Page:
Made without yeast, and ordered for cereal offerings in the Temple (Lev. 2: 4, 11). The theory was that the process of fermentation was a kind of corruption from a previously pure condition (1 Cor. 5: 8).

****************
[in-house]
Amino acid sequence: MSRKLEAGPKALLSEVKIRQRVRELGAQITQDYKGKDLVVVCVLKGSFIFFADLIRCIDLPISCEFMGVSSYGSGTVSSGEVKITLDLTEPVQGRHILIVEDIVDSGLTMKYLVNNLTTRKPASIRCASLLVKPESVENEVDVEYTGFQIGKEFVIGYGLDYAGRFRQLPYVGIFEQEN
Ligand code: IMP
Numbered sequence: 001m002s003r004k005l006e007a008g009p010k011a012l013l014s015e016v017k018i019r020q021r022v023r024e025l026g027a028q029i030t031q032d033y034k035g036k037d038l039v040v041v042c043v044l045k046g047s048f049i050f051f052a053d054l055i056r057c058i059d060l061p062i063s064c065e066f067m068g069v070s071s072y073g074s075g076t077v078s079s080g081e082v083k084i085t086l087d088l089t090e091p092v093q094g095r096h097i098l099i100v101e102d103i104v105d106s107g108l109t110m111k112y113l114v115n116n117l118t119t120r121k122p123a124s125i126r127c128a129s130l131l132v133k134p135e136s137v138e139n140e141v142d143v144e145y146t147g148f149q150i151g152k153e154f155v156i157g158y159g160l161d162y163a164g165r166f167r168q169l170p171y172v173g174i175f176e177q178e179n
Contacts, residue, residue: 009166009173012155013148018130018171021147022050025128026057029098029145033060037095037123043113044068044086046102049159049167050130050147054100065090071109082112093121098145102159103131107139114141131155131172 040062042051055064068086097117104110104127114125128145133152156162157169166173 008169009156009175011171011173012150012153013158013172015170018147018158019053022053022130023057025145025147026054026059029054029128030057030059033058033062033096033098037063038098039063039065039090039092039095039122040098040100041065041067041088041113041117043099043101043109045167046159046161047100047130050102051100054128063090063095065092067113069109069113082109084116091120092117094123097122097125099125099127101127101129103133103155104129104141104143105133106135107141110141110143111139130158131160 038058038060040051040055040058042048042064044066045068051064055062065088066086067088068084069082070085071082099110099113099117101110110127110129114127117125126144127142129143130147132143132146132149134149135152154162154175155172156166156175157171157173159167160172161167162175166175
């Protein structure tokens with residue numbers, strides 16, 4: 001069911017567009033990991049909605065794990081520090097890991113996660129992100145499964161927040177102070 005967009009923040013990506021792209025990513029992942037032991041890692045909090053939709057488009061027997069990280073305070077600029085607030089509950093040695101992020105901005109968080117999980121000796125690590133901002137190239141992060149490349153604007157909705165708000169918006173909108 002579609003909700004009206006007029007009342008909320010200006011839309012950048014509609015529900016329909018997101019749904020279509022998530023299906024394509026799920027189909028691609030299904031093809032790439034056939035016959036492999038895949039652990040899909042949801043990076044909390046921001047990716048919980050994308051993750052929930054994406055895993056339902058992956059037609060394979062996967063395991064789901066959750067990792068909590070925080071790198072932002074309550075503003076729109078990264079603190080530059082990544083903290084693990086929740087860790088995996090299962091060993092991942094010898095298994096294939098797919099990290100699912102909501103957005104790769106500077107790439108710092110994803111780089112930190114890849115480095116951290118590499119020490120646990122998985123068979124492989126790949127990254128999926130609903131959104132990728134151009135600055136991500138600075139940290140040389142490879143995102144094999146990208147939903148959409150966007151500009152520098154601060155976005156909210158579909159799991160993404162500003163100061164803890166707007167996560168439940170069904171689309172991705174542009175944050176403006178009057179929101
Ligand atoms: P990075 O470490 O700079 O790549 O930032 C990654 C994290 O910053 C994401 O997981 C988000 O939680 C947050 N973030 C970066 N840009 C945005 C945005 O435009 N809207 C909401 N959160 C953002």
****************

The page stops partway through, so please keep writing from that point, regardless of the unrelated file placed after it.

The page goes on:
During the festival of Unleavened Bread at the beginning of harvest only unleavened bread was eaten. This custom was grafted on to Israelite history by being associated with the Exodus when, according to the tradition, the people left Egypt in such haste that the women did not even have time to let the dough rise (Exod. 12: 14–20). Thus Unleavened Bread and Passover came to be regarded as one festival.